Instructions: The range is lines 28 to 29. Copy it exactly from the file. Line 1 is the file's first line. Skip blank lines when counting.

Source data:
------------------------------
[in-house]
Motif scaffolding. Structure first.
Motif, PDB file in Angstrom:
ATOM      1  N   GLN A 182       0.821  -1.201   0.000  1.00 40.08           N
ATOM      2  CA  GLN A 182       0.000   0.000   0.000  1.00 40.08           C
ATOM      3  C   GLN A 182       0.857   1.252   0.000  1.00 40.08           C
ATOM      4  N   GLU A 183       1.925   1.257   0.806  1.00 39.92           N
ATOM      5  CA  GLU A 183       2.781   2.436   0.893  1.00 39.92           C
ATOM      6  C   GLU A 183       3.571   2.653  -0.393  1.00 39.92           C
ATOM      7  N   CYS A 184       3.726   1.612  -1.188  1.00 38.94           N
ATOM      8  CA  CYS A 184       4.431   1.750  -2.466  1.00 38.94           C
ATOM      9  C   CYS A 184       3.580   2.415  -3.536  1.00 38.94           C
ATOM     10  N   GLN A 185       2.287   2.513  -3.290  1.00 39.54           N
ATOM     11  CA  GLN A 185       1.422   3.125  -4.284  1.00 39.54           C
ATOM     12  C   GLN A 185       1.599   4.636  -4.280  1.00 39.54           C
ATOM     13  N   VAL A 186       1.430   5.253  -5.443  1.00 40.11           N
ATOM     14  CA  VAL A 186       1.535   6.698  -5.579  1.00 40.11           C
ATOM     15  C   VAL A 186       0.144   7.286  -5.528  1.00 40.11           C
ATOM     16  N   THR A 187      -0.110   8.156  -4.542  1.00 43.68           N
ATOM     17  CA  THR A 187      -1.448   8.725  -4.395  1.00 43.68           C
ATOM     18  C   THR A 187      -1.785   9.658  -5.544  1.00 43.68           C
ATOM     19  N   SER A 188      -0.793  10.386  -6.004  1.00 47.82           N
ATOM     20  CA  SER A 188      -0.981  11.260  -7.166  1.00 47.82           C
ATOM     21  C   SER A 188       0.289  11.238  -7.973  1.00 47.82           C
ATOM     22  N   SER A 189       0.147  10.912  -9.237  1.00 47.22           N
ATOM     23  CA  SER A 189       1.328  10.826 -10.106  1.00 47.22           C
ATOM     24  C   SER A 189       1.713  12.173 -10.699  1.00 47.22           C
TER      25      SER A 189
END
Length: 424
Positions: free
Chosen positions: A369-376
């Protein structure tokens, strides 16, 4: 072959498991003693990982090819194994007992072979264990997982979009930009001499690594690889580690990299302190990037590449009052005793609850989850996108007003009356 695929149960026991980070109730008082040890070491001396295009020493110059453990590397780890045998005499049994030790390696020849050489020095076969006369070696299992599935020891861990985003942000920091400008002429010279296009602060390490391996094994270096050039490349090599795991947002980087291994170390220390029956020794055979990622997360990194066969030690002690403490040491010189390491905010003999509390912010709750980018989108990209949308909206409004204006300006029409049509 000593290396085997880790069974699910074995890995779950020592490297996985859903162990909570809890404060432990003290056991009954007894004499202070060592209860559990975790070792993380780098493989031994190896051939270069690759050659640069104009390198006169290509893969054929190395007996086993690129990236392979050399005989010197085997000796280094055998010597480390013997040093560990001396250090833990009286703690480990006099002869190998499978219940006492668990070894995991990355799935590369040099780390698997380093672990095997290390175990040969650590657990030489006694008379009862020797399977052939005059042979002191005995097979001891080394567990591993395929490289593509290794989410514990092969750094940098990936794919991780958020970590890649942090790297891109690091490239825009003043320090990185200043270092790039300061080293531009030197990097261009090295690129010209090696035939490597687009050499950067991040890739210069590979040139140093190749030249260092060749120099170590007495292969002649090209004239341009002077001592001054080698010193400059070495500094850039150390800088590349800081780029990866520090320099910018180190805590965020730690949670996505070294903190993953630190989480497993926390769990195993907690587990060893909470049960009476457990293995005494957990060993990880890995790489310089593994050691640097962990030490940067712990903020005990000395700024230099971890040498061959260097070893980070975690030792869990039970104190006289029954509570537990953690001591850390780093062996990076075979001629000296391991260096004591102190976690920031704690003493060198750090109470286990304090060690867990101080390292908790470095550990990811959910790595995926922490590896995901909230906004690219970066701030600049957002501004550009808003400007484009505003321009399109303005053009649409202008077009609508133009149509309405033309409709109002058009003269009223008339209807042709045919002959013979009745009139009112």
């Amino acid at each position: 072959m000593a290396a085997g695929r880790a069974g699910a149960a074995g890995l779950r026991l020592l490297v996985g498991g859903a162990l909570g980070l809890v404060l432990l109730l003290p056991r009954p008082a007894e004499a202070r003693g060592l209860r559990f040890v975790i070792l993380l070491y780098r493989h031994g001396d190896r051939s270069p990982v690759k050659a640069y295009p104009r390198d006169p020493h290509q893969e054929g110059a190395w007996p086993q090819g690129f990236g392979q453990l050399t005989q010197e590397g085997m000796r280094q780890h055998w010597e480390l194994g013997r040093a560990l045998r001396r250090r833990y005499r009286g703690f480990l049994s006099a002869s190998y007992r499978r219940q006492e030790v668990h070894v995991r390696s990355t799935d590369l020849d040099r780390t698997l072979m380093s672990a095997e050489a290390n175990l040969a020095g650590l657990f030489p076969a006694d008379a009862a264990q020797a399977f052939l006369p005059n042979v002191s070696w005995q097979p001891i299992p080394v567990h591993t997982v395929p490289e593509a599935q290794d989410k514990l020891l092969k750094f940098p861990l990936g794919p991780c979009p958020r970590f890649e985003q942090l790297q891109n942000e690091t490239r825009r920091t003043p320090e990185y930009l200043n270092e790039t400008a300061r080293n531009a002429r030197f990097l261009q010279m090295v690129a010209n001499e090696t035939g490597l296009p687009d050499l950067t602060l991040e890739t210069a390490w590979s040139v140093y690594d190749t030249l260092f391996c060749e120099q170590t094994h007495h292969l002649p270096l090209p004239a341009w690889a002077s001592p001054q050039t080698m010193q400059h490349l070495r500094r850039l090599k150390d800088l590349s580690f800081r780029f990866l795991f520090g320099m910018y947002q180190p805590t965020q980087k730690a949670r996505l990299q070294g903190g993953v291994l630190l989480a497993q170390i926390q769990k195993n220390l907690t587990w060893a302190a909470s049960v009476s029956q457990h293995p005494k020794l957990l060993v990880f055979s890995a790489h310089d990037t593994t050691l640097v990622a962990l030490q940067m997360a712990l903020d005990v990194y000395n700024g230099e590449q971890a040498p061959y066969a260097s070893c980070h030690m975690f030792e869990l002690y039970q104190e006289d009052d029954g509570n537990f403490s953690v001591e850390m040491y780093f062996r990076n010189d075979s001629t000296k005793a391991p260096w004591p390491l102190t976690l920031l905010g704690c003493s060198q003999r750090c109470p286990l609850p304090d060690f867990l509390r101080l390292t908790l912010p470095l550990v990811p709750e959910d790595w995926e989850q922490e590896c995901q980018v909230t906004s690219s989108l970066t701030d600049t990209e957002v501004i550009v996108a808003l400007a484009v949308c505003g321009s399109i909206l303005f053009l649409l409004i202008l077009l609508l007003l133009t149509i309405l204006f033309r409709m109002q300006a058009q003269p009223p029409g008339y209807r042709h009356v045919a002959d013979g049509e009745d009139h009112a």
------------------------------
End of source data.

TER      25      SER A 189
END